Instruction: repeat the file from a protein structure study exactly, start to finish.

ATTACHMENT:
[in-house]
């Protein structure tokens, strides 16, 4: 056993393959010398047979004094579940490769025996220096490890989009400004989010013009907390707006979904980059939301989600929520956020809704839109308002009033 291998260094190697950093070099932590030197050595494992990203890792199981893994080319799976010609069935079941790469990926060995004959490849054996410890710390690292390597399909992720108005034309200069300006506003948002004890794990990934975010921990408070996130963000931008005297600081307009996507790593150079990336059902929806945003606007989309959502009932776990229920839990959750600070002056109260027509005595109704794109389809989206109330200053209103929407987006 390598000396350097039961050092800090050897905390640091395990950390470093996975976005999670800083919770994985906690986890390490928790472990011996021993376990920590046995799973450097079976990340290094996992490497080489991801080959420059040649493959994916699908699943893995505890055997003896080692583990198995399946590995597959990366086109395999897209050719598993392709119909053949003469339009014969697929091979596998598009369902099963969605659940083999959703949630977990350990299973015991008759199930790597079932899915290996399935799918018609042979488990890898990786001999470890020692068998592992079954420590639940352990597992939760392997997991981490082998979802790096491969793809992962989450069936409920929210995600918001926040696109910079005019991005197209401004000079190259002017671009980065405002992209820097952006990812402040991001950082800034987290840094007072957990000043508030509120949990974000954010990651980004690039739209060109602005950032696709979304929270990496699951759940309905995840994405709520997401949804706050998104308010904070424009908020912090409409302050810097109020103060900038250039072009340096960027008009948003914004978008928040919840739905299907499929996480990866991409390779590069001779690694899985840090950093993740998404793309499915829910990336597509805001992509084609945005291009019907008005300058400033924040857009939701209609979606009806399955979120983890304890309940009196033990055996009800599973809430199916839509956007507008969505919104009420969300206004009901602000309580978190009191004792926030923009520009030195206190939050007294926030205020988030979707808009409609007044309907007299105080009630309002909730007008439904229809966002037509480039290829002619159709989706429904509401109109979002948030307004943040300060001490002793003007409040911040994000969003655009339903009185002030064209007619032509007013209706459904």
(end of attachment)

[in-house]
């Protein structure tokens, strides 16, 4: 056993393959010398047979004094579940490769025996220096490890989009400004989010013009907390707006979904980059939301989600929520956020809704839109308002009033 291998260094190697950093070099932590030197050595494992990203890792199981893994080319799976010609069935079941790469990926060995004959490849054996410890710390690292390597399909992720108005034309200069300006506003948002004890794990990934975010921990408070996130963000931008005297600081307009996507790593150079990336059902929806945003606007989309959502009932776990229920839990959750600070002056109260027509005595109704794109389809989206109330200053209103929407987006 390598000396350097039961050092800090050897905390640091395990950390470093996975976005999670800083919770994985906690986890390490928790472990011996021993376990920590046995799973450097079976990340290094996992490497080489991801080959420059040649493959994916699908699943893995505890055997003896080692583990198995399946590995597959990366086109395999897209050719598993392709119909053949003469339009014969697929091979596998598009369902099963969605659940083999959703949630977990350990299973015991008759199930790597079932899915290996399935799918018609042979488990890898990786001999470890020692068998592992079954420590639940352990597992939760392997997991981490082998979802790096491969793809992962989450069936409920929210995600918001926040696109910079005019991005197209401004000079190259002017671009980065405002992209820097952006990812402040991001950082800034987290840094007072957990000043508030509120949990974000954010990651980004690039739209060109602005950032696709979304929270990496699951759940309905995840994405709520997401949804706050998104308010904070424009908020912090409409302050810097109020103060900038250039072009340096960027008009948003914004978008928040919840739905299907499929996480990866991409390779590069001779690694899985840090950093993740998404793309499915829910990336597509805001992509084609945005291009019907008005300058400033924040857009939701209609979606009806399955979120983890304890309940009196033990055996009800599973809430199916839509956007507008969505919104009420969300206004009901602000309580978190009191004792926030923009520009030195206190939050007294926030205020988030979707808009409609007044309907007299105080009630309002909730007008439904229809966002037509480039290829002619159709989706429904509401109109979002948030307004943040300060001490002793003007409040911040994000969003655009339903009185002030064209007619032509007013209706459904």